I do not, usually, feel threatened by larger men, but I felt menaced by Nathan, maybe because of his overwhelming bulk, the rigidity I sensed in him and his unfriendly grimace. Or maybe just the circumstances.

He showed me into what I could see was an interrogation chamber: bare walls, large opaque window (probably someone sitting behind it, monitoring us), one table, three chairs. He pointed me to the single chair behind the table.

I sat; he stood and looked down at me, with this look that felt like he was saying to himself: ‘So, you’re the one!’

He finally sat down. “Mister Schultze? Do you know why we’ve called you in here today?”

I shook my head. “As I told your OIC, I don’t have a clue. Is it something I did?”

Grimly, “Denying what’s already happened, isn’t going to make it any easier for you, Mr. Schultze. Whyn’t you make it easy for all of us. Just admit you did it.”

“Did what?” I really did not have a clue, and I must have looked it: confused? Bewildered?

He looked at me for a full minute, without saying anything. Then, he leaned forward, aggressive now. “Let’s stop playing games! You a member of ISIS? Al Qaeda?”

ISIS! Al Qaeda? “What the fuck are you talking about? I’m not a Muslim. I’m not an extremist; I’m an old man, retired; I live a quiet life. Why would I—You think I’m a terrorist?”

“Mr. Schultze, actions speak louder than words; know what I’m talkin’ about?”

“I really don’t. What actions? What have I done?”

He squinted at me, and then looked down at a white paper list next to him on his side of the table. “Do you deny that you drove all the way to the Water District Headquarters on…March 20th, 2016, April 15th, 2016, May 5th, 2016, June 6th, 2016, and finally July 23rd, 2016? On July 23rd, there was an attempt to interfere with the water system: do you deny you were there?”

“Wait a minute. Where is this Water District Headquarters?”

“You really don’t know? Do you deny that you were on Canal Street on each date cited, and then you turned onto the private road to the headquarters and—”

“Is it that big brick building to the south of the recycling center, on the same road?”

“Uhm,” Officer Nathan frowned, as if he wasn’t sure. “You turned into the south-side entrance, and then just stayed there? After driving all the way from…” he looked down at his list,  “Pine Plains?”

South-side entrance? That place I turned around? Driving from Pine Plains!

So, that brick building was the district water hub, where the water from the reservoir comes into the local water service area? No wonder they were worried.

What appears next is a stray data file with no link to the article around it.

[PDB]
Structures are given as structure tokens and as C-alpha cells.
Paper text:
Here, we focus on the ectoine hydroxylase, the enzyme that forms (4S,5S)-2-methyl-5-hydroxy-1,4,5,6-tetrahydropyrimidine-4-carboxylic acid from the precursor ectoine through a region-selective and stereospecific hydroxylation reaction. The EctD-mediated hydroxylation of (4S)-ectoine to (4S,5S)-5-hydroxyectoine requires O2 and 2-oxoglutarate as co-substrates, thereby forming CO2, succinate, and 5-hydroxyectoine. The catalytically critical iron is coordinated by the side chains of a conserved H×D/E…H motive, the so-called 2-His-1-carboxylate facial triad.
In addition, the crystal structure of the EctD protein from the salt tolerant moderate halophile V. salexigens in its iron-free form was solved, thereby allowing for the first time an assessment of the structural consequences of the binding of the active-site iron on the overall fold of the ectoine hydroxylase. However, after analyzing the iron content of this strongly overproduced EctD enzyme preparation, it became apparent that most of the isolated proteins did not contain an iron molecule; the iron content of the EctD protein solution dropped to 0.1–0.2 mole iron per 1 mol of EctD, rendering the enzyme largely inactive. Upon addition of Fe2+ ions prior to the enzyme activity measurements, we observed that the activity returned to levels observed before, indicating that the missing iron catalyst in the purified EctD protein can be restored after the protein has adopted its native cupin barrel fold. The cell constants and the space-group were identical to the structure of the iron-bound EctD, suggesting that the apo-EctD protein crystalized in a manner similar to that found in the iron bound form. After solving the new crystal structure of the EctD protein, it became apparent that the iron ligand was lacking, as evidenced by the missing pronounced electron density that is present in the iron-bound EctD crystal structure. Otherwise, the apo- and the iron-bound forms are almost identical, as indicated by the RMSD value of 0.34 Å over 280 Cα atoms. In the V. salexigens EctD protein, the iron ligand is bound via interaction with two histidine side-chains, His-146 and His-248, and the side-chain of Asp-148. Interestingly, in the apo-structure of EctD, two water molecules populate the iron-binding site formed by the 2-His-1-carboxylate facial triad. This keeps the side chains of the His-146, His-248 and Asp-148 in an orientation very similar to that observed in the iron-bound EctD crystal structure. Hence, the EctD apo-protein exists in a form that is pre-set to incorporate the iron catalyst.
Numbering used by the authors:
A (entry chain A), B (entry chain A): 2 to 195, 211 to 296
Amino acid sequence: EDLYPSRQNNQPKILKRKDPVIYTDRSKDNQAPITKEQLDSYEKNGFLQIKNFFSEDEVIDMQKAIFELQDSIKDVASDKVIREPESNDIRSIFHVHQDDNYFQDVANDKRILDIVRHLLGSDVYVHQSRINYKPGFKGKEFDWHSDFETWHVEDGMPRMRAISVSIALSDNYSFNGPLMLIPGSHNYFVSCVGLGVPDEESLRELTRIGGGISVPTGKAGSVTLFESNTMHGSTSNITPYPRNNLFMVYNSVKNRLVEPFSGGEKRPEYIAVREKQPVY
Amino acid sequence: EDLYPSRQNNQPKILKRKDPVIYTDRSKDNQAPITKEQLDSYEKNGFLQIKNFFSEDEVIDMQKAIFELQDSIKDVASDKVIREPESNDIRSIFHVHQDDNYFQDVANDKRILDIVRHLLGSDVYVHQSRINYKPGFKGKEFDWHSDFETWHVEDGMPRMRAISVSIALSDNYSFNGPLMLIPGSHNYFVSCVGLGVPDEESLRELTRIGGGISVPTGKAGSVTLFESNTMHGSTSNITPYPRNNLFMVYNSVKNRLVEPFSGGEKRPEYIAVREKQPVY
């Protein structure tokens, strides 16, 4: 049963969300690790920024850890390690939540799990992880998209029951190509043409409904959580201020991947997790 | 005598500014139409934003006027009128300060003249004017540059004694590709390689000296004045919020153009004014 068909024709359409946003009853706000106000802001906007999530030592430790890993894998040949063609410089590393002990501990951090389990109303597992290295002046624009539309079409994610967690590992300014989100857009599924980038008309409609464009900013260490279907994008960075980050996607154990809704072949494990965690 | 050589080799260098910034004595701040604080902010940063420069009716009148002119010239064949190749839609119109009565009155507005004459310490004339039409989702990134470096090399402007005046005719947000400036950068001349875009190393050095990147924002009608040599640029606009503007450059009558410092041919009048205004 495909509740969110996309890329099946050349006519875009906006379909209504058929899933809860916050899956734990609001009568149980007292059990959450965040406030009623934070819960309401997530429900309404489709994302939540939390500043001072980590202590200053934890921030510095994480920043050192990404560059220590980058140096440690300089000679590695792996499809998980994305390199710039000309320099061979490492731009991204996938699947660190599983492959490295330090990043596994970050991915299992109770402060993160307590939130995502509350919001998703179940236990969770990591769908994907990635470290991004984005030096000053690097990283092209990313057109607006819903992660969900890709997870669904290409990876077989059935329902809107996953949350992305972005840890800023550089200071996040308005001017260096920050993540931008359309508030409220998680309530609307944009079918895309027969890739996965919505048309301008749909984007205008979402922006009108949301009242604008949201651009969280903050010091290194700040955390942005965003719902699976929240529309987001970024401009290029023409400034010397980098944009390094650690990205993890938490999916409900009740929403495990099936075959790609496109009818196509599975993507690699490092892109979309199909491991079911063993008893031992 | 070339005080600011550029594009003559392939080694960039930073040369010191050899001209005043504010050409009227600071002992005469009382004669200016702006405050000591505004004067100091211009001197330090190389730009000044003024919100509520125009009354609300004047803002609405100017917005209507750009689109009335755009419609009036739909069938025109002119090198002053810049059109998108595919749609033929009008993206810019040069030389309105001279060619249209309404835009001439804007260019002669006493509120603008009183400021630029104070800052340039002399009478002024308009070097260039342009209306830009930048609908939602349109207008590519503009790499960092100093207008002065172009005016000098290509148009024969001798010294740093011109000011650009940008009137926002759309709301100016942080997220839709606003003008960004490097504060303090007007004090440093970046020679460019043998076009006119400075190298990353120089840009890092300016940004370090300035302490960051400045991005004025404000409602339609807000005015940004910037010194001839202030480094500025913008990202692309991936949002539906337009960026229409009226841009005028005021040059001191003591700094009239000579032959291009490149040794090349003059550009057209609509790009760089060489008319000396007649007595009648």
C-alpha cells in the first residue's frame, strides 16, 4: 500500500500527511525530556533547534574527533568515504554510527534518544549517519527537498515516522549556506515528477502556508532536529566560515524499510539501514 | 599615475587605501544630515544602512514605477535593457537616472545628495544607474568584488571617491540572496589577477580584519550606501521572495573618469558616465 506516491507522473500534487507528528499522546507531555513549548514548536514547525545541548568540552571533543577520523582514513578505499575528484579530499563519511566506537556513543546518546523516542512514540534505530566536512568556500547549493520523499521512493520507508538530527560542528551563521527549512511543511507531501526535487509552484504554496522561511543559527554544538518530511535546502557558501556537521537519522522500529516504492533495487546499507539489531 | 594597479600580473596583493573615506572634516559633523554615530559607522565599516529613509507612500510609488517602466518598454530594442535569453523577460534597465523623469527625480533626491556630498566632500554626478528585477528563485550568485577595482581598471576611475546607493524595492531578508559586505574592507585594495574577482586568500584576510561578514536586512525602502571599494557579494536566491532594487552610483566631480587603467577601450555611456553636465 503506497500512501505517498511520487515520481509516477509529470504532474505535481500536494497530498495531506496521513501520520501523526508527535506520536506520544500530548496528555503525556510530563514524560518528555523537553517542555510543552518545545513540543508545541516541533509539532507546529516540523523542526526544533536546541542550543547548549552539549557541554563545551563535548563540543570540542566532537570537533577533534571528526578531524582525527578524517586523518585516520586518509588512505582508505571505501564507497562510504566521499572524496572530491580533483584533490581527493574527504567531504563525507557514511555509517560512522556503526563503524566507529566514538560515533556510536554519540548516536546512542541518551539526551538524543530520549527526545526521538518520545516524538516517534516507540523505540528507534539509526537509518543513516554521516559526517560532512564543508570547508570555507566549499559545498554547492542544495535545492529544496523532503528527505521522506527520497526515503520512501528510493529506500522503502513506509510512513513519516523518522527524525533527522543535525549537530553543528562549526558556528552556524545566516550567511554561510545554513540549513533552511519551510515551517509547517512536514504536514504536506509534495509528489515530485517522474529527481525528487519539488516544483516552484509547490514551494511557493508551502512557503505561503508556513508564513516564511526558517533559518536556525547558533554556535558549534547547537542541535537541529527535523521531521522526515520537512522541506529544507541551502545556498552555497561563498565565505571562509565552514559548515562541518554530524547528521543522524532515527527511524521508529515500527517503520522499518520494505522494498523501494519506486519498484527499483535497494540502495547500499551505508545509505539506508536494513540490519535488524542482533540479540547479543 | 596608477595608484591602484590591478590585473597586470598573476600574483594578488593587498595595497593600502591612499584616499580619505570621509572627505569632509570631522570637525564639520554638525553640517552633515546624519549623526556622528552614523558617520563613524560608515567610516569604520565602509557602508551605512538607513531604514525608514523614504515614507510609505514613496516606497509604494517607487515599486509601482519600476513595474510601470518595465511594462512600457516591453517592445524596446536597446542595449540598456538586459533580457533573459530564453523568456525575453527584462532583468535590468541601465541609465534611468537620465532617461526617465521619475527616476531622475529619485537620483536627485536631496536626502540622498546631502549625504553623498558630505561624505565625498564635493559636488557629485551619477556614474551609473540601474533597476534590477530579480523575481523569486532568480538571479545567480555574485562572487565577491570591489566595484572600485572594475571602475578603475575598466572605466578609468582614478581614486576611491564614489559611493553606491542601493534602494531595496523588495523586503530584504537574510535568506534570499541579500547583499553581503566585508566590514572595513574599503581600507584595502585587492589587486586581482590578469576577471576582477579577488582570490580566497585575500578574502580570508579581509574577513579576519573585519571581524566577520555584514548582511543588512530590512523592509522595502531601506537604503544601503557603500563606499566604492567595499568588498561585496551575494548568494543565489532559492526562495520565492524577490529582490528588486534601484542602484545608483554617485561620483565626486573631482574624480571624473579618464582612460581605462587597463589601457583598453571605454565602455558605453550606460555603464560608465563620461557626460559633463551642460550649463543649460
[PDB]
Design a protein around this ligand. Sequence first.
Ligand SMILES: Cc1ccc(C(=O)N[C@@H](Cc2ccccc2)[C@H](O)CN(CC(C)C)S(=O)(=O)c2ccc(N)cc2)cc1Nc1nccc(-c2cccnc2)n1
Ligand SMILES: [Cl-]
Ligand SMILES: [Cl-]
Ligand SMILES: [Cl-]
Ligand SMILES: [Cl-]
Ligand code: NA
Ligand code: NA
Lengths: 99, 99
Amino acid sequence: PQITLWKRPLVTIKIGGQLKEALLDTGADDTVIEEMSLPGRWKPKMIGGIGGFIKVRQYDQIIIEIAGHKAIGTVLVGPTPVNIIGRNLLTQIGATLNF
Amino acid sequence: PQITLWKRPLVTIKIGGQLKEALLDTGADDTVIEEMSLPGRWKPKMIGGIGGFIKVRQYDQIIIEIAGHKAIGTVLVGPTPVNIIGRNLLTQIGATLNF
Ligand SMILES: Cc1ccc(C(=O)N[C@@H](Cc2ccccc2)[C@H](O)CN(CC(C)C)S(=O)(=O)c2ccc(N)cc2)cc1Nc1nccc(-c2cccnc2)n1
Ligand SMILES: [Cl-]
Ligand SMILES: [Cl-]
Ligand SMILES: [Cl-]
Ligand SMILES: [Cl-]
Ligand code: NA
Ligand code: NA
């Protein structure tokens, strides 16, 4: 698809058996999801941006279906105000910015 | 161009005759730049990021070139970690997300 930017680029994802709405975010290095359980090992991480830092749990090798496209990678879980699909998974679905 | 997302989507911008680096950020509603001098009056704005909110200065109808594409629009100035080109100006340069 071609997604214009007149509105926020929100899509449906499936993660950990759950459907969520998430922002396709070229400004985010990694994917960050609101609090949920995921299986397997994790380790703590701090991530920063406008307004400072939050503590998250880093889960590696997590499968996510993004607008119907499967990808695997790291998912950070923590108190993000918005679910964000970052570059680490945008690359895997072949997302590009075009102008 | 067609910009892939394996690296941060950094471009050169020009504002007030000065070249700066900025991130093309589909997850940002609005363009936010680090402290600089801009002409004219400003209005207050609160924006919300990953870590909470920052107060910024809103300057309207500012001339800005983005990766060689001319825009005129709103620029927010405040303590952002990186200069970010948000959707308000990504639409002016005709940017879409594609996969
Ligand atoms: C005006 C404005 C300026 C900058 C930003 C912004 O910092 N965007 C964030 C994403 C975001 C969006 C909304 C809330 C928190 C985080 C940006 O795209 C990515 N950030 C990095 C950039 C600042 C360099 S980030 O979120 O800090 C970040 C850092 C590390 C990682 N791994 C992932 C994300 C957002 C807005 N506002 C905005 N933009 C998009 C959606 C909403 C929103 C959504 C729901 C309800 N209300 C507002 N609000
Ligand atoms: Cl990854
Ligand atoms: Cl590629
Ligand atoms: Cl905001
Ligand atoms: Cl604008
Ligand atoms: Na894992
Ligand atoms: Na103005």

A camera monitor must’ve picked me up at the same location all those times. There were a lot of mice last Spring.

I am a client of the same water system; my wife and I depend on it. Were they thinking sabotage? Terrorism. From seeing me visiting the same place multiple times, planning trips I suppose they concluded, and then, whatever they found? And, what made me look even more suspicious, because of an oversight at the DMV, they thought I came from far across the river, so it looked to them that I must have come for some reason, other than recycling.

Unbelievable! I shook my head. “First of all, I changed my address with the DMV years ago; you’ve got old info. I live on the road that continues from this one, on the other side of Route 10. Second, this entrance you mention, never looked like it was used; it was a place I could turn around in;  it was chained, and weeds were growing in it, so I figured I could stop there for a minute. Third, I never got out of the car, because I was dropping off mice I’d caught in my Havahart trap; just opened the window and shook ‘em out; they ran, not always towards the building—”

“What! Mice? The recycling center?” He stood up abruptly, towered over me. “Schultze!” he thundered, “don’t play games with me! I’m warning you!”

I looked up at him and shrugged. “I’m not making this up. In the winter and spring months, especially, I often catch a mouse or two a week, but if the recycling center is open, I drop it off at the other place.”

Slowly, I looked him in the face, knowing he was trying to intimidate me. “You can check it out with my wife. And from my real address you can see why it makes sense: we live, just over a mile away on a continuation of the same road.”

He looked surprised. “What’s your address?”

I told him, adding, “We’re in the water district. We drink the water; we depend on it. Why the hell would I want to—Omigod, did someone poison the water?” All I could think of was MaryBeth drinking it, maybe right now!

“Why should you care?”

“I drink it! My wife—Did someone—Is the water poisoned? I’ve got to call my wife!”

Officer Nathan looked alarmed. He held out his hands, palms out. “No, no, it didn’t succeed, thank God! A water worker found it in time. Don’t want to spread a panic!”

“Oh, thank God!” I murmured.

He sat down. And looked at me. He tilted his head to the left, then to the right, as if he might see me more clearly that way. Then, he shook his head. Then, he stared at me, again.

Finally, he began to talk: “These photos, from the monitor, and this pattern, and it happening, today, and yet…It isn’t you? I was so sure we had the perp, that we had this great case, and that we could stop the threat, but it wasn’t you? You were just,” he grinned, “getting rid of mice?” He shook his head. “I think that’s a misdemeanor, by the way, transporting wild animals, but I suppose you could just say they weren’t wild. Anyway,” he sighed, “you’re free to go. Meanwhile, there may be someone out there, still, who wants to do us harm. If you see something….”

I nodded, knowing the drill: “Say something. Of course: I’d call 911, right?”

“Yes, 911.”

I never did find out what ‘attempted to interfere with” meant, but I hoped the Water District would find a way to warn us, if something actually happened. So far, as far as I know, nothing has happened. In addition, no one has reported what the water tech found that made them suspect there had been an attempt on our water.

I guess I’ll never know.